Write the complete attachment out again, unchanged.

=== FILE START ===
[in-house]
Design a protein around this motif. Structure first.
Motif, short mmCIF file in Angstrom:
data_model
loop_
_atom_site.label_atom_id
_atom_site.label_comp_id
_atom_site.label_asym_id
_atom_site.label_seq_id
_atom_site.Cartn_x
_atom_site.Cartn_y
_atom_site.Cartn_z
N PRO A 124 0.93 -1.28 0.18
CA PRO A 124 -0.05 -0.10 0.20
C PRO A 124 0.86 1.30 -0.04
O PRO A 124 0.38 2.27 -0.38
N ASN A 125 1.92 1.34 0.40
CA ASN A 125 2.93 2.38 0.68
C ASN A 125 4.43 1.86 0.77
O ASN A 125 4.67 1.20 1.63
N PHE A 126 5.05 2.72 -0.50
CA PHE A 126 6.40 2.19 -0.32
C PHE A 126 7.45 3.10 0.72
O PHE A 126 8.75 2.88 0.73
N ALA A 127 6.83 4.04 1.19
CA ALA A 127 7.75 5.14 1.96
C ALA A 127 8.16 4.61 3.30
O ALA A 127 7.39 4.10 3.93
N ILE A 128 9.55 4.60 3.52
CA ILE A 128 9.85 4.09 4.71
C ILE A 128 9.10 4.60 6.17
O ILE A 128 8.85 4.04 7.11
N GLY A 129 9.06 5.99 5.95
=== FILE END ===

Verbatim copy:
[in-house]
Design a protein around this motif. Structure first.
Motif, short mmCIF file in Angstrom:
data_model
loop_
_atom_site.label_atom_id
_atom_site.label_comp_id
_atom_site.label_asym_id
_atom_site.label_seq_id
_atom_site.Cartn_x
_atom_site.Cartn_y
_atom_site.Cartn_z
N PRO A 124 0.93 -1.28 0.18
CA PRO A 124 -0.05 -0.10 0.20
C PRO A 124 0.86 1.30 -0.04
O PRO A 124 0.38 2.27 -0.38
N ASN A 125 1.92 1.34 0.40
CA ASN A 125 2.93 2.38 0.68
C ASN A 125 4.43 1.86 0.77
O ASN A 125 4.67 1.20 1.63
N PHE A 126 5.05 2.72 -0.50
CA PHE A 126 6.40 2.19 -0.32
C PHE A 126 7.45 3.10 0.72
O PHE A 126 8.75 2.88 0.73
N ALA A 127 6.83 4.04 1.19
CA ALA A 127 7.75 5.14 1.96
C ALA A 127 8.16 4.61 3.30
O ALA A 127 7.39 4.10 3.93
N ILE A 128 9.55 4.60 3.52
CA ILE A 128 9.85 4.09 4.71
C ILE A 128 9.10 4.60 6.17
O ILE A 128 8.85 4.04 7.11
N GLY A 129 9.06 5.99 5.95